Being sad, for so many of us, has become a habit and not a temporary feeling. Learn more about how to deal with it efficiently.
You should read this article if :
- You have suddenly become disinterested in socializing.
- You get emotional, angry or even end up crying for no apparent reason.
- You’ve stopped caring about stuff that used to interest you.
- You’re sleeping or eating more, or less, than you used to.
- You’re finding it hard to do all the things you used to do (such as work or chores)
In Jonathan Haidt’s book The Happiness Hypothesis, he suggests that the conscious mind is like the rider, and the unconscious mind like the elephant. Modern psychology now firmly believes that as much as he tries, the rider is unable to control the elephant, which means as human beings, we are largely unable to override our unconscious processes. Now, that sounds like some lack of hope for all of us!
Furthermore, Haidt also suggests that “the rider evolved to serve the elephant.” This means that a lot of the conscious explanations we have for our behaviour are largely just serving the purpose of justifying the cognitive processes of the unconscious mind and, it is not the other way around. So the question remains, what happens when the elephant is doing something that the rider doesn’t understand? What happens when it feels like we’re sad for no reason?
This is an important question because there is never ‘no reason’ for your sadness. When people believe they are sad for no reason, it means that either they have yet to identify the reason they feel sad or they have identified the cause but aren’t content with the answer.
It’s perfectly normal to have sadness in your life. Some kinds, however, can be a cause for concern. There are three types of sadness most of us fall into, short-term sadness, triggered sadness, or Depression. Now, Depression needs to be tackled by an expert!
Sometimes, the other two kinds of sadness becomes a comfortable habit to reside in. When the mind focuses on sadness, it becomes comfortable and easier to think negatively and this develops a habit.
Therefore, when the mind, used to being a negative mindset, realizes that there isn’t much to be sad about, it begins to create issues or reasons to be in a ‘sad’ situation, just for the comfort. The mind might become almost scared of happiness and develops the notion that the happiness will go away one fine day and it would take time to get accustomed to the sadness once again. Since it will hurt, the mind does not want to take that chance altogether.
You need to remind yourself that the best cure for sadness is happiness. It is as simple as that! Anything that reduces your ability to build your own happiness must be avoided or altogether, eliminated. You must not try too hard to be happy but develop it as a general demeanor.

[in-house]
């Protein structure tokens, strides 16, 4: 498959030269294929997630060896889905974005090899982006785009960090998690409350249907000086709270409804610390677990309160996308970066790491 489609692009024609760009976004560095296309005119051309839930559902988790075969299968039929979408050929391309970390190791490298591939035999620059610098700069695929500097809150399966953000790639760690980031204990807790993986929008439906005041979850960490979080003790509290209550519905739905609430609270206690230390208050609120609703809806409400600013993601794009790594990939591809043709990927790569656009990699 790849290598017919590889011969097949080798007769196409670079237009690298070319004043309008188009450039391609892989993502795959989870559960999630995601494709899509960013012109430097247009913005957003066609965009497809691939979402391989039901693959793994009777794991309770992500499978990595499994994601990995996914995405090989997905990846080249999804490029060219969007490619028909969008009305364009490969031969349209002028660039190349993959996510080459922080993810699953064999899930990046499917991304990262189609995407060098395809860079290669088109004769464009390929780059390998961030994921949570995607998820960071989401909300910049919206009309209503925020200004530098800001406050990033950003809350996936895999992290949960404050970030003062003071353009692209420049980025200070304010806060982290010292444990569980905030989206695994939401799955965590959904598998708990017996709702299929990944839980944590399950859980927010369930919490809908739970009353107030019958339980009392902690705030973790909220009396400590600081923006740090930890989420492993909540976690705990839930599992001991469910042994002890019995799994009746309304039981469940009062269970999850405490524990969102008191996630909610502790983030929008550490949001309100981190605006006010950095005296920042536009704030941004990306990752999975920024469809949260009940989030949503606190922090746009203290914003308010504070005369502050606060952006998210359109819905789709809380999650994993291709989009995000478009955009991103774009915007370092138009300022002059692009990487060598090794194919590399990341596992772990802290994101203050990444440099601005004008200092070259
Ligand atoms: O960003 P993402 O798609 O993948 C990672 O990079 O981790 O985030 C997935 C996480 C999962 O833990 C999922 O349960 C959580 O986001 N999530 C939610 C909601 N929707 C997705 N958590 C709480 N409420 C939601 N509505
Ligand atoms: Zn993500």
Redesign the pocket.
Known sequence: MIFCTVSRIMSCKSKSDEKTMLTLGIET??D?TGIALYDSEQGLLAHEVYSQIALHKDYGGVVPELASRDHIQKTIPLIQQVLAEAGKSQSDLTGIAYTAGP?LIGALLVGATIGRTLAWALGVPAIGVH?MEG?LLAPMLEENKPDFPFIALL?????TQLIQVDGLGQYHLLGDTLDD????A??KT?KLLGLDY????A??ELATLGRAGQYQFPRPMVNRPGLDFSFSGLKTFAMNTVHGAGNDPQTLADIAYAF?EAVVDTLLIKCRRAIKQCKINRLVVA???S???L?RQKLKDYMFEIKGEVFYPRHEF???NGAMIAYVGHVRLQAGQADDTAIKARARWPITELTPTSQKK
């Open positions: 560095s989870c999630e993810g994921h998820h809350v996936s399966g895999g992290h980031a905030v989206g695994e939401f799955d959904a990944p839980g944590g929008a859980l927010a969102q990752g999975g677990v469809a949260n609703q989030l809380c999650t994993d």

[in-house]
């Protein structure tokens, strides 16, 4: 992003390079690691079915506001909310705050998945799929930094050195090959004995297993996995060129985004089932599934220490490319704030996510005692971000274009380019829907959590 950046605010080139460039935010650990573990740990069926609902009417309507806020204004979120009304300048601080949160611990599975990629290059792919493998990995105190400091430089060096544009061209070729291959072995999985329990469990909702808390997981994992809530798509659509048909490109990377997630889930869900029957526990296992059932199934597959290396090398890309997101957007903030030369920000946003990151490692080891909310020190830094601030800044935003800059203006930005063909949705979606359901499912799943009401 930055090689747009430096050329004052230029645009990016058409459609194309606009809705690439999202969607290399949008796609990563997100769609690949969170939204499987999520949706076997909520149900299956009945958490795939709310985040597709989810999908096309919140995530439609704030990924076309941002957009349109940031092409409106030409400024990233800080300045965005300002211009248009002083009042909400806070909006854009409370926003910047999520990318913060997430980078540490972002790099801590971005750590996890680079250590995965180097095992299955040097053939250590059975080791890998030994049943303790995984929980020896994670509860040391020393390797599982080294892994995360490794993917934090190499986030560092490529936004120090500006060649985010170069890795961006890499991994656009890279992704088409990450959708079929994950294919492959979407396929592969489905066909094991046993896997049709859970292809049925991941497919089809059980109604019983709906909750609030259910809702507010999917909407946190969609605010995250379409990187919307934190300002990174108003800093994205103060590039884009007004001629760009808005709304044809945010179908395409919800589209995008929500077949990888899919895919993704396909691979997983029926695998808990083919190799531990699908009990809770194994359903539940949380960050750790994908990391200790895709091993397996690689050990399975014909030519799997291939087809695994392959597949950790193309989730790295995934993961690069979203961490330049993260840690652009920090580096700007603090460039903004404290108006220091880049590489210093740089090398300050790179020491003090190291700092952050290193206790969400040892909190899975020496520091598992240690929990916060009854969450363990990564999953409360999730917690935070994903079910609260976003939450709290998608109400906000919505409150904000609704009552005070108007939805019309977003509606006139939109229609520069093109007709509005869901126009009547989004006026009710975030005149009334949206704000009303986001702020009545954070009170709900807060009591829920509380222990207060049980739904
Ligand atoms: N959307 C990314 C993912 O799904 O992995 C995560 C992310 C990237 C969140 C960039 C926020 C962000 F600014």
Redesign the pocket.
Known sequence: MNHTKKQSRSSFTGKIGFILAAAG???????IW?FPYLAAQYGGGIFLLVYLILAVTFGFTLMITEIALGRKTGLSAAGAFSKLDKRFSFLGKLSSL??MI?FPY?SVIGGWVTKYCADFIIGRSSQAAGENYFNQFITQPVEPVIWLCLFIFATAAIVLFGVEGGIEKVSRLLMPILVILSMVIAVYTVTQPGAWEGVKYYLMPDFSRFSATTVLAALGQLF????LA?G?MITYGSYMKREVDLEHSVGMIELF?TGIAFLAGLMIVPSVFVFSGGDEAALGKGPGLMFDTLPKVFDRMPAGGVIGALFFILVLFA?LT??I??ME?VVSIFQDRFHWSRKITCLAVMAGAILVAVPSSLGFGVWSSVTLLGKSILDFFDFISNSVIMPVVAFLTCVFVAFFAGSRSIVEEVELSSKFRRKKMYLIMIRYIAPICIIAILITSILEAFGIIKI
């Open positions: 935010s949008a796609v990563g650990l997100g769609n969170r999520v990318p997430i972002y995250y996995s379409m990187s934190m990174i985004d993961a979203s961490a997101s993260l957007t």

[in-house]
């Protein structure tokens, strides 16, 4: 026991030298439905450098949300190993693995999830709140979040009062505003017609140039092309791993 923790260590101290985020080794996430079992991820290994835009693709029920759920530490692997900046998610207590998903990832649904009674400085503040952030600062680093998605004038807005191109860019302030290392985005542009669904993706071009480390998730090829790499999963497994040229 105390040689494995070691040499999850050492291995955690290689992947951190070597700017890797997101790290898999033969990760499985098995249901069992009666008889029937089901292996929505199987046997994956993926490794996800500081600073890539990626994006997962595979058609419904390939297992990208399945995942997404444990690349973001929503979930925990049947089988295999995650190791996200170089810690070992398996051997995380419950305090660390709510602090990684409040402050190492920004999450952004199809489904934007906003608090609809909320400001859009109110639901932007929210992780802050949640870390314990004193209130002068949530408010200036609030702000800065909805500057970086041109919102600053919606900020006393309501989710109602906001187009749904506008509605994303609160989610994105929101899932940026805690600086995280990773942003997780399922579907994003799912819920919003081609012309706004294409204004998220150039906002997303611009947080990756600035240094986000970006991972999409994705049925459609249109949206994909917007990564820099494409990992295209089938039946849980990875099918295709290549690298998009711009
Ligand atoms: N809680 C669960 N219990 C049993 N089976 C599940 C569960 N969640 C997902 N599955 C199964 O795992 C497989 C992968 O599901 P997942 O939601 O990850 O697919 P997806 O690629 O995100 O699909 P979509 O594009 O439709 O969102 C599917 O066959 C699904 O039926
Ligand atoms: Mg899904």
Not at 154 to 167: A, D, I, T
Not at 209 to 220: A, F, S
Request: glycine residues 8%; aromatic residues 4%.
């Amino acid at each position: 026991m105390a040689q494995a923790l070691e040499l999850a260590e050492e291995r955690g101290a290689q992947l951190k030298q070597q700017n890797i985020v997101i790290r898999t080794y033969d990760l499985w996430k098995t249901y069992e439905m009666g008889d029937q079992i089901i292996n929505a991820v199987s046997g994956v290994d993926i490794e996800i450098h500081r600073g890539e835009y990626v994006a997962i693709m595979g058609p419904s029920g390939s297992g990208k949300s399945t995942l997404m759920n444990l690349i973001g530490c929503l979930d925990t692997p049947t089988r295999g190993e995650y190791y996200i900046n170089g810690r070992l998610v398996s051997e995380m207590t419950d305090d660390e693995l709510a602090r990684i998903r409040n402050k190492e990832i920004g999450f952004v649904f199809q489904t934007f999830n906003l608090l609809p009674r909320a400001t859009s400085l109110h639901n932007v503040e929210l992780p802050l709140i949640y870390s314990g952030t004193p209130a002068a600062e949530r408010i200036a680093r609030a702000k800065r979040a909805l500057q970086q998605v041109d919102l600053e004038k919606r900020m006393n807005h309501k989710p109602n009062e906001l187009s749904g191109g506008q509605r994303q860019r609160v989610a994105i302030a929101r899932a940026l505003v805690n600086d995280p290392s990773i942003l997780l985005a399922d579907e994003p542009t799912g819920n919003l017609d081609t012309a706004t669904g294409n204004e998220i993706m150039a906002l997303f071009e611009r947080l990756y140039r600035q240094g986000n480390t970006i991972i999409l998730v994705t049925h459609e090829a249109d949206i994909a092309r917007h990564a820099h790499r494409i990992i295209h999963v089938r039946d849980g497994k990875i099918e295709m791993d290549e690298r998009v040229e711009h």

Don’t attach your happiness to external rewards or postpone being happy until sometime in the future, as that will become a habit. Don’t expect someone else to make you happy.
Most importantly, don’t equate happiness with momentary pleasure.
The best way to learn a happy demeanor is to spend time with people of the same nature. That is when you naturally inculcate the habit.
It is said that passively accepting your sadness is the same as forgetting to build your own happiness. It is wrong to perceive happiness as just a mood. It’s rather a long-lasting state that is more accurately called well-being. According to Deepak Chopra, “There are practical things you can do to help cultivate it such as: give of yourself; work at something you love; set worthy long-range goals that will take years to achieve; be open-minded; learn from the past and then put it behind you; plan for the future without anxiety, fear or dread; nurture close, warm social bonds; and develop emotional resilience. ”
He goes on to say that, “Developing emotional resilience is perhaps the most important because that’s the ability to bounce back from bad things in your life. How do you encourage it? By being present with your feelings instead of fearing them, by getting past victimization or “poor me” thinking, by making a plan of action when things go wrong and sticking with it, by associating with people who are emotionally mature and seeking counsel from someone who has managed the same kind of crisis that you now face, by focusing on the times you have survived and thrived in the face of tough circumstances, and by appreciating and rewarding yourself for dealing with your difficulties. ”
Therefore, whenever little things bog you down, it is time to remind yourself that emotionally mature happiness is the best way to save yourself from downswings in your mood. Sadness is temporary. It exists, and fades away as well, but what Chopra calls “well-being” can be made to last a lifetime. Since it is just a journey, it doesn’t matter how close or far away we are form how happy we desire to be. Every person has the inner guidance to support themselves, most of the times. What differs a happy person from a sad one is simply committing to that journey and taking those first steps with hope and belief in yourself, rather than waiting for miracles to happen.
With inputs from Deepak Chopra for Oprah (http://www.oprah.com/spirit/why-youre-sad-how-to-stop-being-sad-deepak-chopra)
Feature Image Credits: Unsplash